There may yet be a happy ending to the great grape heist of 2018, which officials say is the first of its kind in Virginia.
After losing more than two tons of wine grapes to thieves, Firefly Hills Vineyard in Ironto announced on Friday that a Washington state grower has offered to replace the loss.
“We’ve been nothing short of amazed with the level of support,” Firefly co-owner Allison Dunkenberger said Friday. “The whole East Coast has been wonderful.”
Despite the excessive rain that has hurt Virginia’s grape crop this year, Allison said, they’ve had in-state offers of help. But it’s been a great year for grapes in the Pacific Northwest, and Washington state’s Alexandria Nicole Cellars wants to donate the entire amount of fruit that was lost.
Jarrod Boyle of Alexandria Nicole, a 268-acre vineyard and winery operation headquartered in Prosser, Washington, said he read about the theft.
“I couldn’t believe it, actually,” Boyle said. “We’re going to work together to see if we can get them back on track.”
David Dunkenberger said he is scheduled to fly to Washington on Wednesday and on Thursday to help harvest about 2 1/2 tons of Roussanne grapes, a white grape variety from France. In addition to Roussanne, Boyle said, they likely would offer some Cabernet fruit, which makes red wine. Firefly grows both red and white varietals.
David said they will press the grapes and ship the juice back to Virginia, and the Dunkenbergers will make a 2018 wine at their own operation.
Some 20 years ago, Boyle said, he and his wife, Ali, started out small like the Dunkenbergers, and he recalled the struggles. It was other growers in the industry who helped the Boyles succeed. Without it, they might have given up, Jarrod Boyle said. So they’re going to pass on that tradition.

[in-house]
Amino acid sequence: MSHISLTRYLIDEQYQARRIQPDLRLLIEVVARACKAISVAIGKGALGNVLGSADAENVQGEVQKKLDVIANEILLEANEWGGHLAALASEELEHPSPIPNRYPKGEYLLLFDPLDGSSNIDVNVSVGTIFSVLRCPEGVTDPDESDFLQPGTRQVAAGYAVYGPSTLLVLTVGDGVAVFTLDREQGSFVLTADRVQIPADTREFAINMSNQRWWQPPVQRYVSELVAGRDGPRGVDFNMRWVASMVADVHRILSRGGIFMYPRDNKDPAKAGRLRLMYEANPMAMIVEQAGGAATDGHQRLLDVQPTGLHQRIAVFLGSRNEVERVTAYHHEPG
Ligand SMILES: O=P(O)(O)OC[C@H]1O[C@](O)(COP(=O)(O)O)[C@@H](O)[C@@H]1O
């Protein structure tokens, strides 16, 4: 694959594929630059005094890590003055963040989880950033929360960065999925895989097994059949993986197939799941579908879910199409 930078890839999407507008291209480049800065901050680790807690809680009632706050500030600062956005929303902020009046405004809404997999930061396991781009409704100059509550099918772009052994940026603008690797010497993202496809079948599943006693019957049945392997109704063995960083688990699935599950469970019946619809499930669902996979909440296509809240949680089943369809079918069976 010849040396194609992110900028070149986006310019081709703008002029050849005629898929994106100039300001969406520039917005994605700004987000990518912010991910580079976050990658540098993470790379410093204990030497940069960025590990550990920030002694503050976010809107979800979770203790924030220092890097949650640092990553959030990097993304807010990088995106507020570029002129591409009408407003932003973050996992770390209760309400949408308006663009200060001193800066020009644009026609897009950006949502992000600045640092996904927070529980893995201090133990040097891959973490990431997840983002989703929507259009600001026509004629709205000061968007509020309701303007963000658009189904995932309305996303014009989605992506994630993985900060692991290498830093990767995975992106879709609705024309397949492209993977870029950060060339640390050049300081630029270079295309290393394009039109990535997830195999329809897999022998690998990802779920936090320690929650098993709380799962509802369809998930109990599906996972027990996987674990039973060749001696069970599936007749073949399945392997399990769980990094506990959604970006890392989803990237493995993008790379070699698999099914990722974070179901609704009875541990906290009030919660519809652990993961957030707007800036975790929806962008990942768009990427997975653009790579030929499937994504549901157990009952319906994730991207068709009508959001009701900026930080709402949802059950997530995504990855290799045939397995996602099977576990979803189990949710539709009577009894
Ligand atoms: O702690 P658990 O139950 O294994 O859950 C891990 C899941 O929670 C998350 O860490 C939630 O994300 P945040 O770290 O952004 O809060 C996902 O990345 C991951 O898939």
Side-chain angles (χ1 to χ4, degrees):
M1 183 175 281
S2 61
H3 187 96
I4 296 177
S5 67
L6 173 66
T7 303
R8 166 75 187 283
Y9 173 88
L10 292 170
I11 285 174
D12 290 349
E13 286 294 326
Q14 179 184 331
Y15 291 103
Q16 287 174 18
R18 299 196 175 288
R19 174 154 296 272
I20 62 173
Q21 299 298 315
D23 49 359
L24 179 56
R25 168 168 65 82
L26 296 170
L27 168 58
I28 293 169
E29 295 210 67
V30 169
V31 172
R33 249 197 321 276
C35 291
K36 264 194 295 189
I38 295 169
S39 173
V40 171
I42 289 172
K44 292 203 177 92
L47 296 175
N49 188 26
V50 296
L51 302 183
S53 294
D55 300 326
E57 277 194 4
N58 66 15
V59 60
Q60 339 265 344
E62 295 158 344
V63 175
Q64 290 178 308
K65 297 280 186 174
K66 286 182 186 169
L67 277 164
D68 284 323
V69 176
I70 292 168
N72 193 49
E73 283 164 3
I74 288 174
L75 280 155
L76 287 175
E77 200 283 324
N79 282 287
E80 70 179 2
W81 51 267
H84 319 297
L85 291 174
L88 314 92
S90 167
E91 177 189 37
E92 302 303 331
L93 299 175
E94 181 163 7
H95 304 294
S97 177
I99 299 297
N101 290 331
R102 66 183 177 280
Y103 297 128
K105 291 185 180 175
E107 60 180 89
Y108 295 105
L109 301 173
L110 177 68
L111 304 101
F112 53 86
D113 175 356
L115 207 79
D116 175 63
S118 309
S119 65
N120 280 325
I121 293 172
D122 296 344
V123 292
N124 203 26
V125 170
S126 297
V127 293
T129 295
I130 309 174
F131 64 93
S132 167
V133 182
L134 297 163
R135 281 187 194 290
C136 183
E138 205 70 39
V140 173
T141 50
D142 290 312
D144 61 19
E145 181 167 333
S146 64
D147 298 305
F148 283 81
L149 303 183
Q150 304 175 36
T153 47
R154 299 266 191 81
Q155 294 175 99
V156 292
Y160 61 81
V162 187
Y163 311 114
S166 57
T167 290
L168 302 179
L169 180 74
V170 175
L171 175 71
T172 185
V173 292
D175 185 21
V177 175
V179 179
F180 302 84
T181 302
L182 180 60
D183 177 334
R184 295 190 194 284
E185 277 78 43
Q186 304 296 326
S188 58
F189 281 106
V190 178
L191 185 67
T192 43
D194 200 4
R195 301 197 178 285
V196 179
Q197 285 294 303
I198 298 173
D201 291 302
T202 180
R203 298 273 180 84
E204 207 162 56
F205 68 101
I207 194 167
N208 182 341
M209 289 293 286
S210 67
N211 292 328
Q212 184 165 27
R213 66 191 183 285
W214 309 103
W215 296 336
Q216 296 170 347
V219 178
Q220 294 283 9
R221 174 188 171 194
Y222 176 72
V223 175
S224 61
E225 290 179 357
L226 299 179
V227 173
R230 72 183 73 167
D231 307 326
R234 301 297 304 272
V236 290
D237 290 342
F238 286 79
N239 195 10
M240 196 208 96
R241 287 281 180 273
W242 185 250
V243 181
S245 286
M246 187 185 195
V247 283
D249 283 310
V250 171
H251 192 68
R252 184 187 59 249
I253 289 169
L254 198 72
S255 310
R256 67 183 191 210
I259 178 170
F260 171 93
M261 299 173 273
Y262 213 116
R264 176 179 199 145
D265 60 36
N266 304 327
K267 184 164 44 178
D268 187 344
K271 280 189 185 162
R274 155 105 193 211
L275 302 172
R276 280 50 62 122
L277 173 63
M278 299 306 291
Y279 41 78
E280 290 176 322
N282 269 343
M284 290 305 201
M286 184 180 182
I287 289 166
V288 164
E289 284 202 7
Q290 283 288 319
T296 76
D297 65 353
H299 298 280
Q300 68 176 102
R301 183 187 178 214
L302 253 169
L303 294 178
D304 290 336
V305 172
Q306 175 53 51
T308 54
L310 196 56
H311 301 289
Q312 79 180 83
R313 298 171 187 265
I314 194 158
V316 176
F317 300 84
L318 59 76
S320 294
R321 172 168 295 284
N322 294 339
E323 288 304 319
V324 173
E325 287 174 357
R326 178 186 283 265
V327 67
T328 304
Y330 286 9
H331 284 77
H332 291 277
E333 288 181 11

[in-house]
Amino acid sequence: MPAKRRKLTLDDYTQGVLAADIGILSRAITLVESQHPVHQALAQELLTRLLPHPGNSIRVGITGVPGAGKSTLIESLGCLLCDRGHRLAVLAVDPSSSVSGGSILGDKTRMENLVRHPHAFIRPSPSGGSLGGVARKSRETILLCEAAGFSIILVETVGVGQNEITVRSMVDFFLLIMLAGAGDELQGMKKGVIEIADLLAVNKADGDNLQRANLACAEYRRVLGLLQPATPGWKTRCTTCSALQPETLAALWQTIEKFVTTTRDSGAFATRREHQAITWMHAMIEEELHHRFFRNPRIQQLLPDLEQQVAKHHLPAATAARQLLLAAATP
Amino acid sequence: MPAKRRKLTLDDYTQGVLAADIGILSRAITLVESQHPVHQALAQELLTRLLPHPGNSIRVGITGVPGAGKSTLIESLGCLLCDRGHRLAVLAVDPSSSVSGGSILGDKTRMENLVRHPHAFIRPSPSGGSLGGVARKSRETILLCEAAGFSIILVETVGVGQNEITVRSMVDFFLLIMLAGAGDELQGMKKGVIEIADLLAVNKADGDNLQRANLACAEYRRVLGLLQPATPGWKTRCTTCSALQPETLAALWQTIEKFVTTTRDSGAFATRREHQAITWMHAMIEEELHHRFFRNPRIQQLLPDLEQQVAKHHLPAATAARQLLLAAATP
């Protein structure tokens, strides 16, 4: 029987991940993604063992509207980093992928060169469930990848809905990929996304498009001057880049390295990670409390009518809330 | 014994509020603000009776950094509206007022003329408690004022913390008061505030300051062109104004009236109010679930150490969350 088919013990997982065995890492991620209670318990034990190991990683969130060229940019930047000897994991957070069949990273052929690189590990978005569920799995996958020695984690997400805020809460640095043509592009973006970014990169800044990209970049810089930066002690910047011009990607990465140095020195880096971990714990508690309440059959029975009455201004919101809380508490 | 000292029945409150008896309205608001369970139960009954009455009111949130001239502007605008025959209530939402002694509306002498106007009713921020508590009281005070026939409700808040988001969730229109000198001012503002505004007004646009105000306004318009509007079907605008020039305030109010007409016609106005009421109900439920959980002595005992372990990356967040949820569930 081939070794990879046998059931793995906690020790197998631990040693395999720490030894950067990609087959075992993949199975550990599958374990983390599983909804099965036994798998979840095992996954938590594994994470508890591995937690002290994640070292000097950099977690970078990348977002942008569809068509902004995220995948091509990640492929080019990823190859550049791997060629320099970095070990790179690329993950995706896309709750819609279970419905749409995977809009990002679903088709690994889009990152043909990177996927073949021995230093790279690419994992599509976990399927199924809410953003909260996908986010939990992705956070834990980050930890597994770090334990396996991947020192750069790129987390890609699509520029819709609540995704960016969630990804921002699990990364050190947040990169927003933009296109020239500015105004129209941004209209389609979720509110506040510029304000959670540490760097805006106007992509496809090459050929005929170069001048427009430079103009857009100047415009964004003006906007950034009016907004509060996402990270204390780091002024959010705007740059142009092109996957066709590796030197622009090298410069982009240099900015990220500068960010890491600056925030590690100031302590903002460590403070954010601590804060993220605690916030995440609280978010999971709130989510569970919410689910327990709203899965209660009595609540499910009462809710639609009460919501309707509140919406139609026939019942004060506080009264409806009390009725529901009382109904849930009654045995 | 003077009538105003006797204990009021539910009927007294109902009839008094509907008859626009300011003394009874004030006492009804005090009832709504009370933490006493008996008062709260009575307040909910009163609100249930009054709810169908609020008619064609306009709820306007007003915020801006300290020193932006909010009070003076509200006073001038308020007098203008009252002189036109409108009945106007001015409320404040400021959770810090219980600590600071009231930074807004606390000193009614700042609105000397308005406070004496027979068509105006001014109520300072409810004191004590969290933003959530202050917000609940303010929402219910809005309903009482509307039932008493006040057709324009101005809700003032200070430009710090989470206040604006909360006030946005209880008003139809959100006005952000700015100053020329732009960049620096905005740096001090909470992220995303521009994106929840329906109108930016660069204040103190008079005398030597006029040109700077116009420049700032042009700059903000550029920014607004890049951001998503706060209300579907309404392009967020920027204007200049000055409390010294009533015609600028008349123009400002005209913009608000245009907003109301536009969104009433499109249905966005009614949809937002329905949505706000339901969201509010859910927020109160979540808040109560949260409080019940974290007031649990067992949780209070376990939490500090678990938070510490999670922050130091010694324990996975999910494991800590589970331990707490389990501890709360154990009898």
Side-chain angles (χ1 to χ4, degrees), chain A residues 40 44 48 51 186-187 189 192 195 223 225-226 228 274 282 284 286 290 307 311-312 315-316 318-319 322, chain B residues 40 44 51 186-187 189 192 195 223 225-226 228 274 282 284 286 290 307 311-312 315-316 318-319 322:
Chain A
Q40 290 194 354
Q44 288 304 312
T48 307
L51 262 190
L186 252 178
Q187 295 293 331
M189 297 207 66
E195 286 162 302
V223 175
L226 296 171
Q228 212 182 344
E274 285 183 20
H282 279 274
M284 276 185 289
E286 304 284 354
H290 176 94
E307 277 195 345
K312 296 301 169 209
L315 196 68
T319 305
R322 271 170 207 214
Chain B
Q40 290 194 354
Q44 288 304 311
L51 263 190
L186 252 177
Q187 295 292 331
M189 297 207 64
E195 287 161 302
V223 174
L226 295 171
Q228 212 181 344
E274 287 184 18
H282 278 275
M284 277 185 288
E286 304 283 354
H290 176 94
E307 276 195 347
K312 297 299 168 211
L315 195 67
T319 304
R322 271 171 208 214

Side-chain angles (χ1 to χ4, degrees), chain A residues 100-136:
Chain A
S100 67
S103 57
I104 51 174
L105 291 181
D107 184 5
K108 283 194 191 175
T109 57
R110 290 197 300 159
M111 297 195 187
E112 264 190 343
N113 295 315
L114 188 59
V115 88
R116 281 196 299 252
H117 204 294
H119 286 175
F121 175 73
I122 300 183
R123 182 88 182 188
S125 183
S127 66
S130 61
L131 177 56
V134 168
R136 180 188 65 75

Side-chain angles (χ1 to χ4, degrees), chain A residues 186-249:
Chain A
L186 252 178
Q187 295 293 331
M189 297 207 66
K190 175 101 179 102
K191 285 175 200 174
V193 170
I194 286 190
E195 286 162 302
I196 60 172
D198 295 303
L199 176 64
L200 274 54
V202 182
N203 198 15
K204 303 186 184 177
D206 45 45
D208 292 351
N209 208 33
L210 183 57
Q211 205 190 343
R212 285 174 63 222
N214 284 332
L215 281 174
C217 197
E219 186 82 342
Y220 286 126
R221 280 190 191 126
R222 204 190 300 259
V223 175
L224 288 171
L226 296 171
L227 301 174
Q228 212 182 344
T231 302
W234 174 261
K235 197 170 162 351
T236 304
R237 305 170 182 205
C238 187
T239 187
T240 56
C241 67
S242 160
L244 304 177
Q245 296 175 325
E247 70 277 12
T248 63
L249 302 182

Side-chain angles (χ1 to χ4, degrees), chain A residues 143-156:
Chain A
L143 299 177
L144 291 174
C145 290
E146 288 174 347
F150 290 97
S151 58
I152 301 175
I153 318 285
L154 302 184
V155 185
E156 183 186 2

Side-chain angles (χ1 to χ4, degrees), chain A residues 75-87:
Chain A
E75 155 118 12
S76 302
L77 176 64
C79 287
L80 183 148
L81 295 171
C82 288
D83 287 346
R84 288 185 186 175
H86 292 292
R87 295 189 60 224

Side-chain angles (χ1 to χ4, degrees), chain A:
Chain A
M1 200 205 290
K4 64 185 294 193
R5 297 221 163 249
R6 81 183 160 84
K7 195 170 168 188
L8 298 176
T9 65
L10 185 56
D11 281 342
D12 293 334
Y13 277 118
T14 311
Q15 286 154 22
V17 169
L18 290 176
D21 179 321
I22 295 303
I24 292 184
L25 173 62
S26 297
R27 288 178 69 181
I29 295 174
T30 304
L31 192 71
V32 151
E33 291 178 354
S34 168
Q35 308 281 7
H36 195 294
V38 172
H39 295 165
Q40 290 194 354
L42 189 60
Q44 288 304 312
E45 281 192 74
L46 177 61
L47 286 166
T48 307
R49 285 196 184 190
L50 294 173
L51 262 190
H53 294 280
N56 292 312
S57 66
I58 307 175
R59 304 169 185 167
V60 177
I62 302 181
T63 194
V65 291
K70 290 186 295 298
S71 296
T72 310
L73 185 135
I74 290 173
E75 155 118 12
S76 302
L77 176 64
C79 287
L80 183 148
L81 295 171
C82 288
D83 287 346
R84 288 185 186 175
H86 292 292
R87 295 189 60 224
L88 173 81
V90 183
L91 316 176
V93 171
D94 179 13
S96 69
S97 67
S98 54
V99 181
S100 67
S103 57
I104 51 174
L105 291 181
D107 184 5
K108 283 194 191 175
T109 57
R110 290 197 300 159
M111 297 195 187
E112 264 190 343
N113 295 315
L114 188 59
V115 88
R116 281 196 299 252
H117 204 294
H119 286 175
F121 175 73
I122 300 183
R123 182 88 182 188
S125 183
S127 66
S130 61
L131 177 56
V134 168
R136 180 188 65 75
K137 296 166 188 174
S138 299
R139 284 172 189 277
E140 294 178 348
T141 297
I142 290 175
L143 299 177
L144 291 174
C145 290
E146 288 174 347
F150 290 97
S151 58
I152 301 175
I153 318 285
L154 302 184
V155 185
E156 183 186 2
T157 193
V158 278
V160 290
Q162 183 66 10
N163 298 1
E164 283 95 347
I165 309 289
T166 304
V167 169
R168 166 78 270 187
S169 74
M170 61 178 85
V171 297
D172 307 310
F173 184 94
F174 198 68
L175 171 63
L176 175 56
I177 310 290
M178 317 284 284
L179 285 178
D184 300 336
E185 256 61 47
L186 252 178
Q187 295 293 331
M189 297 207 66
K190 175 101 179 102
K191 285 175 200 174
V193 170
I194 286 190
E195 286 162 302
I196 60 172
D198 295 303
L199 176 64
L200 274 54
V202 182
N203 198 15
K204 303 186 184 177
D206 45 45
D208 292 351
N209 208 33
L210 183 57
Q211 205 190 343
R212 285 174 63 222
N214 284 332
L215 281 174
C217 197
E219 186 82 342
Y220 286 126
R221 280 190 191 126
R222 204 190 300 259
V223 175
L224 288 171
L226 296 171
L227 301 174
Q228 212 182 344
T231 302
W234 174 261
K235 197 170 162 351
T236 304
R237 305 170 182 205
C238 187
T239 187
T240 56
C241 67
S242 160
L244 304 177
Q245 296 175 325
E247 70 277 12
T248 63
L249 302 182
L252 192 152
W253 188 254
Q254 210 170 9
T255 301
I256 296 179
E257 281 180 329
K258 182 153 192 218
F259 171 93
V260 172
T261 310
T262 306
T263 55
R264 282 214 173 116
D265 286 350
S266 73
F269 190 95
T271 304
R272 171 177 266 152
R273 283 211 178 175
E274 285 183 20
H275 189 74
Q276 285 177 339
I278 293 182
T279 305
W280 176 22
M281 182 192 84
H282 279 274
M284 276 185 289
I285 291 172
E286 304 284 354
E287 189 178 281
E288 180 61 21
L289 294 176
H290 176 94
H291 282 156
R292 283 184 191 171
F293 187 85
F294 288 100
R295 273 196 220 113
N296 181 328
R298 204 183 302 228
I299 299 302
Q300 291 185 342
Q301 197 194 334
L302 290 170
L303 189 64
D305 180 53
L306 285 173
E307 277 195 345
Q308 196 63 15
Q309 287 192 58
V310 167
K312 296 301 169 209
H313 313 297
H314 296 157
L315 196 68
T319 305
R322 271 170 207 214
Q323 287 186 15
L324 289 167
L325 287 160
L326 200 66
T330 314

The Dunkenbergers live in Salem but own the Firefly Hill Vineyard and wedding location. When they got started 20 years ago, they were among the first grape producers in Montgomery County, David said.
Then came the heartbreaking loss this month.
The wine is just a sideline for the family, not a full-time income. It wasn’t the money loss that hurt the most, David said. It was the amount of care and work that went into the crop — battling pests, diseases and weather is just the start.
“Dad was there every day for eight months,” David said. “It was heartbreaking to tell him. The look on his face was just devastation.”
According to the Dunkenbergers, someone — or rather, a knowledgeable team of someones — entered the vineyard on the evening of Sept. 10 and removed 2 to 2½ tons of grapes from 2,500 vines growing on 3½ acres.
The loss wasn’t insured, they said. The crop was worth about $20,000.
The thieves cut them carefully and quickly, Allison Dunkenberger has said. While the Dunkenbergers planned to take several days to harvest, working with friends and family and pausing for processing, the thieves accomplished the job between sundown and dawn the next day.
“The poachers would have to have been well-equipped and very knowledgeable about the process,” Virginia Department of Agriculture spokeswoman Elaine Lidholm wrote in an email. “It apparently happens in France occasionally and even in California, but this is the first time something like this has happened in Virginia.”
Investigator Don Link of the Montgomery County Sheriff’s Office has asked that anyone with information about the theft call him at 540-382-6915, ext. 44421.